"Glo-ory t' Gawd, Missy! dey smells watah, sho 's yo' bawn!"
sobbed Ezra as he broke into a trot beside the wheelers "
'Tain't fur--lookit dat-ah huhd a-goin' it! No 'm, Missy, DEY
ain't woah out--dey smellin' watah an' dey'm gittin' TO it!
'Tain't fur, Missy."

Buddy clung to the back of the seat and stared round-eyed
into the gloom. He never forgot that lumpy shadow which was
the herd, traveling fast in dust that obscured the nearest
stars. The shadow humped here and there as the cattle crowded
forward at a shuffling half trot, the click--awash of their
shambling feet treading close on one another. The rapping
tattoo of wide-spread horns clashing against wide-spread
horns filled him with a formless terror, so that he let go
the seat to clutch at mother's dress. He was not afraid of
cattle-they were as much a part of his world as were Ezra and
the wagon and the camp-fires-but he trembled with the dread
which no man could name for him.

These were not the normal, everyday sounds of the herd. The
herd had somehow changed from plodding animals to one
overwhelming purpose that would sweep away anything that came
in its path. Two thousand parched throats and dust-dry
tongues-and suddenly the smell of water that would go
gurgling down two thousand eager gullets, and every
intervening second a cursed delay against which the cattle
surged blindly. It was the mob spirit, when the mob was
fighting for its very existence.

Over the bellowing of the cattle a yelling cowboy now and
then made himself heard. The four oxen straining under their
yokes broke into a lumbering gallop lest they be outdistanced
by the herd, and Dulcie screamed when the wagon lurched
across a dry wash and almost upset, while Ezra plied the ox-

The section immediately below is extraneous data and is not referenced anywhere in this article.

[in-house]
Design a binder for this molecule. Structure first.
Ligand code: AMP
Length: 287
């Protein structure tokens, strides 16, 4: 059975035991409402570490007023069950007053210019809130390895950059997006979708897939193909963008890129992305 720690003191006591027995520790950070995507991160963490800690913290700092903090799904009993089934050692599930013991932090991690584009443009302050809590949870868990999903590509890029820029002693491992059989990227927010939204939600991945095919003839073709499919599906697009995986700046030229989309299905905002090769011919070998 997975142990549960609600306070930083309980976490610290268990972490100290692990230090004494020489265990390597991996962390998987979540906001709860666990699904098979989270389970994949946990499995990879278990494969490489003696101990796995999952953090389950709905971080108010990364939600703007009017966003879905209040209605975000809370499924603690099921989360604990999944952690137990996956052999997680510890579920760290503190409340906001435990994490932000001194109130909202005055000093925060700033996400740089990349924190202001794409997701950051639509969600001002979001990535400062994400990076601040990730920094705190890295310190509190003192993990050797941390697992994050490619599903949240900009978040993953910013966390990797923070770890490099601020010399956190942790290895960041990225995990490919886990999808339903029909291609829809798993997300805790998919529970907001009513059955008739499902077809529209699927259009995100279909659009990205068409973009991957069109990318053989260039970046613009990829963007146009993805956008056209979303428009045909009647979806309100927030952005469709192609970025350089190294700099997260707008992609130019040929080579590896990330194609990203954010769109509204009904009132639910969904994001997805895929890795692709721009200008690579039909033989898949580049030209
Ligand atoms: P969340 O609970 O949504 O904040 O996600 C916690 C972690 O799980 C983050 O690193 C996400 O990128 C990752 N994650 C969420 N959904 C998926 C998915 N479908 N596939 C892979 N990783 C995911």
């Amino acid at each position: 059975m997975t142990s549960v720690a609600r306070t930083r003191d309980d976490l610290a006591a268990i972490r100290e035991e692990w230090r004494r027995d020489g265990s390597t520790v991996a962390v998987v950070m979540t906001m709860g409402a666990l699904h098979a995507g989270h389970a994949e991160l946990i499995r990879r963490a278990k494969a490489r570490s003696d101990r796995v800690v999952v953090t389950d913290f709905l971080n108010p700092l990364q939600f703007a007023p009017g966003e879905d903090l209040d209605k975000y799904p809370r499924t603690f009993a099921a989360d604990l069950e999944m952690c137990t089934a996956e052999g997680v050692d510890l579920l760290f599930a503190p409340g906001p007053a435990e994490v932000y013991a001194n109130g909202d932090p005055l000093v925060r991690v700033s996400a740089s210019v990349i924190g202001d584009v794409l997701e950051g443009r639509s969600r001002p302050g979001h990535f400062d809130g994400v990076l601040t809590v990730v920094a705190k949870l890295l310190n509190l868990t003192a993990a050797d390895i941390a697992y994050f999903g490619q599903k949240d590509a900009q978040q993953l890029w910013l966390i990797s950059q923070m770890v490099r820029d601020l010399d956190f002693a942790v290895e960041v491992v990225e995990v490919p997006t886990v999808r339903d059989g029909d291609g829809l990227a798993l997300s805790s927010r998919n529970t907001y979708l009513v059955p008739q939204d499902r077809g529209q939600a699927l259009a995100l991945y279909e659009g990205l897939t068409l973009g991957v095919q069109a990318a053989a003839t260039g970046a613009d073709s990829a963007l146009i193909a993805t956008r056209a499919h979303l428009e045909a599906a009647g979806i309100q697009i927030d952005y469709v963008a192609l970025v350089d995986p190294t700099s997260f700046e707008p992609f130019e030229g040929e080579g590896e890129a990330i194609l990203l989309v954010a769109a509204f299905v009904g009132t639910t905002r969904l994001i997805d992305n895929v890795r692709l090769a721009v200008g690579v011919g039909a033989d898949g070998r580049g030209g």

whip and yelled frantically at first one ox and then another,
inventing names for the new ones. Buddy drew in his breath
and held it until the wagon rolled on four wheels instead of
two,but he did not scream.

Still the big river did not come. It seemed to Buddy that the
cattle would never stop running. Tangled in the terror was
Ezra's shouting as he ran alongside the wagon and called to
Missy that it was "Dat ole Crumpy actin' the fool", and that
the wagon wouldn't upset. "No'm, dey's jest in a hurry to git
dere fool haids sunk to de eyes in dat watah. Dey ain't
aimin' to run away--no'm, dish yer ain't no stampede!"

Perhaps Buddy dozed. The next thing he remembered, day was
breaking, with the sun all red, seen through the dust. The
herd was still going, but now it was running and somehow the
yoked oxen were keeping close behind, lumbering along with
heads held low and the sweat reeking from their spent bodies.
Buddy heard dimly his mother's sharp command to Ezra:

"Stand back, Ezra! We're not going to be caught in that
terrible trap. They're piling over the bank ahead of us. Get
away from the leaders. I am going to shoot."

Buddy crawled up a little higher on the blankets behind the
seat, and saw mother steady herself and aim the rifle
straight at Crumpy. There was the familiar, deafening roar,
the acrid smell of black powder smoke, and Crumpy went down
loosely, his nose rooting the trampled ground for a space
before the gun belched black smoke again and Crumpy's yoke-